Farhat Mahmood, UK
It has been more than a year since last year’s Eid-ul-Fitr. By this time last year, the Fifth Caliph, His Holiness, Hazrat Mirza Masroor Ahmad (aba) had moved to Islamabad Tilford, from Fazl Mosque, London. Ahmadi hearts were rejoicing with the move to a new, larger premise and all the blessings that would surely follow for the Jama’at (community). For the Ahmadi residents near Fazl Mosque, there was joy, but it was bittersweet, as the area felt the sadness of separation in those early days. My husband is a life devotee of the Jama’at. We lived close to the Fazl Mosque at that time. My husband had moved with Huzoor (His Holiness) (aba) to Islamabad; I had not yet moved as we were awaiting the completion of our accommodations in Islamabad.
That Eid, Huzoor (aba) led the Eid prayer at the Baitul Futuh Mosque in Morden, after which he came and spent some time back at the Fazl Mosque complex. Huzoor (aba) was visiting the guest house which was the house a few doors down from my own. As evening came, people gathered around the guest house awaiting Huzoor’s (aba) departure for Islamabad. Wherever Huzoor (aba) may be, the air there becomes electric. Such was the feeling outside in the neighbourhood and roads that were graced by his presence. Among the crowd was my son, Haris. Earlier that day, I had said to Haris to say Salaam (greeting of peace) to Huzoor (aba) when he sees him. I am not sure if I had specifically said to give my Salaam as well. In any case, he remembered to give not only his own Salaam but foremost to include his mother’s as well.
Another emotion that was running through me that day was that I was away from my beloved Huzoor (aba) since the move to Islamabad. I feel slightly foolish and guilty about this, thinking about it now, as there are millions of more deserving Ahmadis that are so far from the Khalifa (Caliph) physically, especially when I think of the Ahmadis in Pakistan where this separation has spanned almost 40 years.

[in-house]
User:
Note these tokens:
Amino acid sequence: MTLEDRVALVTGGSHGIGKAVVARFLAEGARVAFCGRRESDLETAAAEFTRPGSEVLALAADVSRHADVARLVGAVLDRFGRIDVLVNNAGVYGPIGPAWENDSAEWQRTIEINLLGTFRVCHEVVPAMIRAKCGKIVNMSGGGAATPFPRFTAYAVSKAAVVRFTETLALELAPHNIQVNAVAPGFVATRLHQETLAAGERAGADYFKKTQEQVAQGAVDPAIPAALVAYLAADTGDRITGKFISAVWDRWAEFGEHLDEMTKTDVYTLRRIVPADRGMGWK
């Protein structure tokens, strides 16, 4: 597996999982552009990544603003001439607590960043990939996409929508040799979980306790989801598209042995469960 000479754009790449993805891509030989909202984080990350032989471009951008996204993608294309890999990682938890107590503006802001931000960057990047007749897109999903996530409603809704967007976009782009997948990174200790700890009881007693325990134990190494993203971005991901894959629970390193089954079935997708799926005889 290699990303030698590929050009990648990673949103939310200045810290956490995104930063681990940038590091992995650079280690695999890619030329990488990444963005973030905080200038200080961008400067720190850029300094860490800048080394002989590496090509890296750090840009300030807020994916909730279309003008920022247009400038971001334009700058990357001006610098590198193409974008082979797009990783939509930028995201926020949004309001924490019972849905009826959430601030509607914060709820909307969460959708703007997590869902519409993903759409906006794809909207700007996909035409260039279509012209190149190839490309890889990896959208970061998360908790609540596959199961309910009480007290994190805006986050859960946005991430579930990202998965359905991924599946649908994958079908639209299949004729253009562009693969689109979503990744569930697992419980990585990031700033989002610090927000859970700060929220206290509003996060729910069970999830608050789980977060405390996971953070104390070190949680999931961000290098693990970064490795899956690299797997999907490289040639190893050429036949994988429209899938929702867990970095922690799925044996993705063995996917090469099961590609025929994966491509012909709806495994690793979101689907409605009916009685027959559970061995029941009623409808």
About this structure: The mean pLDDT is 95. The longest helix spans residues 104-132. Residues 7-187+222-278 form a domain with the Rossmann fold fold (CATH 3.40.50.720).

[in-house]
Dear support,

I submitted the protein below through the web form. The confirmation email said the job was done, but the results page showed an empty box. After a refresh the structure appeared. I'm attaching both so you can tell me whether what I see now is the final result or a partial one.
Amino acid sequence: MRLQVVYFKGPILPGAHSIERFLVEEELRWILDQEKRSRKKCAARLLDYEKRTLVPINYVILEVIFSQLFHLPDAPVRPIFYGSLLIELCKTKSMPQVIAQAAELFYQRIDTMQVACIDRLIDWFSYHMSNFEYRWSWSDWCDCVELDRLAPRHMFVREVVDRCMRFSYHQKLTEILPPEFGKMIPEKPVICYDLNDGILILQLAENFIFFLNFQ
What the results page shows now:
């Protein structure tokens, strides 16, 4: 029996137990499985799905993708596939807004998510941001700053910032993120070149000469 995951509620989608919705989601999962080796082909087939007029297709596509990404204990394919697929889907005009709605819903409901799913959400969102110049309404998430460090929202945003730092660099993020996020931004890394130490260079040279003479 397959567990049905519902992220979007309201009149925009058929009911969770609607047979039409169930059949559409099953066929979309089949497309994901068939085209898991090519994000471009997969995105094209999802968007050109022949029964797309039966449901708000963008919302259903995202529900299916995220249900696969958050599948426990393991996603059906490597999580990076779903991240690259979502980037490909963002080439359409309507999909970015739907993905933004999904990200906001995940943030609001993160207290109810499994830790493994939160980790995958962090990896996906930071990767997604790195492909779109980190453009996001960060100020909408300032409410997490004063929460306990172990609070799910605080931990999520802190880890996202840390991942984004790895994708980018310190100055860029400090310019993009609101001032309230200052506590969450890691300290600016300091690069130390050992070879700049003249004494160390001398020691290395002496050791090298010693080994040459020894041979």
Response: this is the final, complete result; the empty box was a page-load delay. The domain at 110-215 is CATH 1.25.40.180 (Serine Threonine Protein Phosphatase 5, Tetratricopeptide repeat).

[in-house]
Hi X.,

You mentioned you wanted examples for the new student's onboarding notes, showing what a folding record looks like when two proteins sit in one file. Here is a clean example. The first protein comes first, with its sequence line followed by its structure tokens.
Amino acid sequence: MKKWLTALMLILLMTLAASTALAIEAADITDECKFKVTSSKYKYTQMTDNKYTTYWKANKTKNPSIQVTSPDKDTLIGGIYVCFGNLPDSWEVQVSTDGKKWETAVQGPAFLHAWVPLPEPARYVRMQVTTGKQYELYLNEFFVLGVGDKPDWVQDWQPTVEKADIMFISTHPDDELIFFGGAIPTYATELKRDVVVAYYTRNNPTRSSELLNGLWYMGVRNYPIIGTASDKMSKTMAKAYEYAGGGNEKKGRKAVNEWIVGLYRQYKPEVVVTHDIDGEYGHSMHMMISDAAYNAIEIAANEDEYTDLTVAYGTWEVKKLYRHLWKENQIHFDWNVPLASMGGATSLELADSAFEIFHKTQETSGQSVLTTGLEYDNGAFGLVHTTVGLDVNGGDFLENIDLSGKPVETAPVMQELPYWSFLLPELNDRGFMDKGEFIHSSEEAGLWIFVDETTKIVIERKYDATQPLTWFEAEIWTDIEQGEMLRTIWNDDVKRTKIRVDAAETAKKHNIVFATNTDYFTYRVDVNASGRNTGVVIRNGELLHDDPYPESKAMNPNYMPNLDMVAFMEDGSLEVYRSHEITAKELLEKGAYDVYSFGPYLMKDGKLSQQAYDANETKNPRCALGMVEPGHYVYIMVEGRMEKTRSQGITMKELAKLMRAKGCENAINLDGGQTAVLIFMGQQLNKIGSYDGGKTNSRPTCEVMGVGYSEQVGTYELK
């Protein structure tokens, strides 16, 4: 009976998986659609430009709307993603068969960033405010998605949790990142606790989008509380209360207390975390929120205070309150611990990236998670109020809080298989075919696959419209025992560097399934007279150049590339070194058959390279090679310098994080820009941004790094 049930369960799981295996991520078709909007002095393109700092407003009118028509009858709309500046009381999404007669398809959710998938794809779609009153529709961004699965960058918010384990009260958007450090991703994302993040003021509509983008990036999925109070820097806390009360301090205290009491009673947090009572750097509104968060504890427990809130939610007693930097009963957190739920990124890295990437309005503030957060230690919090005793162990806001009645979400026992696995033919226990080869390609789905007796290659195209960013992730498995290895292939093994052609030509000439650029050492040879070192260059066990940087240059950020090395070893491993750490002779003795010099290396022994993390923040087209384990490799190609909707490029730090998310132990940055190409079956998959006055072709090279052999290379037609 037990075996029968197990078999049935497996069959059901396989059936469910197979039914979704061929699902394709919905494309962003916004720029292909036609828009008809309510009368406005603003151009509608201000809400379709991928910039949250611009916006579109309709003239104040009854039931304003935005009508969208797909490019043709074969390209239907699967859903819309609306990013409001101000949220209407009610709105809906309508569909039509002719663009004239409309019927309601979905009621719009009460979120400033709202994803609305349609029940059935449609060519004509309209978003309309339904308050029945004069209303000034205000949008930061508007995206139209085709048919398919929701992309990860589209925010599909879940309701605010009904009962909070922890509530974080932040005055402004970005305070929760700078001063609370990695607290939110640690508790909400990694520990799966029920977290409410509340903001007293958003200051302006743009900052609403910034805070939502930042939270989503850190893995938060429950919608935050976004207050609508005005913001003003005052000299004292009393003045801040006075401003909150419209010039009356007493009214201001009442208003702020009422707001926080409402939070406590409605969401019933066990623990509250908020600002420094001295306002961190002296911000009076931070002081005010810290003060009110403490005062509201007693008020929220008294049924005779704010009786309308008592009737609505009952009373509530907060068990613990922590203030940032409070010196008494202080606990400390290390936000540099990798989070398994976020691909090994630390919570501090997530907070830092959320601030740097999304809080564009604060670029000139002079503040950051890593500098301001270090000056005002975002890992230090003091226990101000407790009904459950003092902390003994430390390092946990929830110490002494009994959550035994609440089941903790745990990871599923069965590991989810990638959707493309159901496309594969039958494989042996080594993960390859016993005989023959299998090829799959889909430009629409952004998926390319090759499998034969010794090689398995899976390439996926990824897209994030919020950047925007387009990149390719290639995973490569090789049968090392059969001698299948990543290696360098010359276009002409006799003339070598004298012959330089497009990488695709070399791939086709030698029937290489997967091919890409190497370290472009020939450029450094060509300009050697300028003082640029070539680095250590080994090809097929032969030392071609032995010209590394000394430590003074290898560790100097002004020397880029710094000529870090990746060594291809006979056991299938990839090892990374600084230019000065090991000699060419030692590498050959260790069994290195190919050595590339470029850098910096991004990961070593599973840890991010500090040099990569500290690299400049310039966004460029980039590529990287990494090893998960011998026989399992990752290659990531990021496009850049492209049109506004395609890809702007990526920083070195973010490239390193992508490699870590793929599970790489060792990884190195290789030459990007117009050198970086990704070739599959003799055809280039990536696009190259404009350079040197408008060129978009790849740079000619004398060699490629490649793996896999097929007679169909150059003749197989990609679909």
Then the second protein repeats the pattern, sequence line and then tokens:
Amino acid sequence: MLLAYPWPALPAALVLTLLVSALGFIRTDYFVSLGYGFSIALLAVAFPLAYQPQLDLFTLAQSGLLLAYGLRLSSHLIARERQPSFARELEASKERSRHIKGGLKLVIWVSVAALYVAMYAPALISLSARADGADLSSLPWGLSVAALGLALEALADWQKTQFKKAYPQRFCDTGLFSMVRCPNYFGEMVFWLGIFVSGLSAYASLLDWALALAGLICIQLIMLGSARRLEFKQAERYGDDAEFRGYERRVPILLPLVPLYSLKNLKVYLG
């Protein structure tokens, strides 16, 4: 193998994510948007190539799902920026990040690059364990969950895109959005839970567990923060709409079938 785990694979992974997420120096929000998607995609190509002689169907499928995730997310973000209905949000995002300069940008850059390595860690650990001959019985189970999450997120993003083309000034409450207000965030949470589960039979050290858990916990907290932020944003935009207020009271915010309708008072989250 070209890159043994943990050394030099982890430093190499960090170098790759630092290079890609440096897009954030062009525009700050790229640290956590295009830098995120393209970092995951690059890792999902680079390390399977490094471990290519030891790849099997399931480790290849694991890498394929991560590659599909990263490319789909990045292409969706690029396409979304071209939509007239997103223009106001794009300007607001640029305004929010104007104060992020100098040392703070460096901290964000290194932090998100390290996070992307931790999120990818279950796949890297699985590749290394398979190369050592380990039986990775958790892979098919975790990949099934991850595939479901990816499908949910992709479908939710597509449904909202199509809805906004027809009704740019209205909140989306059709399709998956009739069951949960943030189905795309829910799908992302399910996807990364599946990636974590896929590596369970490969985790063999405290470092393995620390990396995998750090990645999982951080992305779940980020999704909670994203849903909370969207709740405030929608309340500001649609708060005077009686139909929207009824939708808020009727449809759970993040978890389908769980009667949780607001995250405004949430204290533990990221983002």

Just as Huzoor (aba) was about to leave for Islamabad that evening, my husband came to the house to inform me of their departure. The cars were lined up outside ready to leave. I opened the front door slightly and peered through to see the movement, as I knew that there were just a few minutes till the entourage would leave.
Huzoor (aba) stepped out of the guest house. Haris was among the crowd. The conversation that took place, as I would later learn, was that Haris stepped forward, and meant to say to Huzoor (aba) ‘my mother sends you her Salaam‘. But because his Urdu is very weak, he ended up saying in his broken Urdu, ‘Huzoor, go say Salaam to my mother.’ Huzoor (aba) smiled and said ‘Acha’ (okay). All this happened in a matter of minutes as the crowd stood outside. Keep in mind that the time of the Khalifa is very precious. A child telling him to go to his house and say Salaam to his mother is really unheard of. But Huzoor (aba) did just that.
I was still peering from the door. I saw the brief interaction between Huzoor (aba) and Haris, and then I saw Huzoor (aba) turn his face toward my house. Then suddenly, I saw Huzoor (aba) walking in the direction of my house. My heart leapt. Was he a checking a car lined up near the house, or going to talk to someone standing nearby? I closed the door in panic so as not to disturb him in any way if he was coming in this direction for a purpose.
Within a few seconds, I heard a knock on the door. I opened the door and my beloved Huzoor (aba) was standing there smiling and he almost jokingly said ‘Your son said go say Salaam to my mother, Asslam-o-Alaikum (peace be upon you).’ In my shock, I just managed to make out the words Salaam, and then Huzoor (aba) closed the door and left. After that, all I can say is that I wept; I wept with tears of gratitude for the Khalifa that takes care of the wants of an innocent child. I wept for the kindness the Khalifa had shown me.
Also, my belief was strengthened once again, that God guides the Khalifa. Only God knew my sadness on that Eid day, as I had not spoken about it to anyone. Only God knew how to evaporate the sadness with His compassion.
After that Eid, I have had the blessed opportunity of living in Islamabad, near Huzoor (aba). This past year has brought great blessings for the Jama’at. In more current times, we are living through a pandemic. Eid-ul-Fitr has come again. We are all socially distant from our beloved Khalifa in equal measure these days. May God again listen to my heart and the hearts of thousands of Ahmadis, to, once again, reap the blessings of being in the physical presence of the Khalifa of our time.
What a thriller of an article you penned! Thanks so much..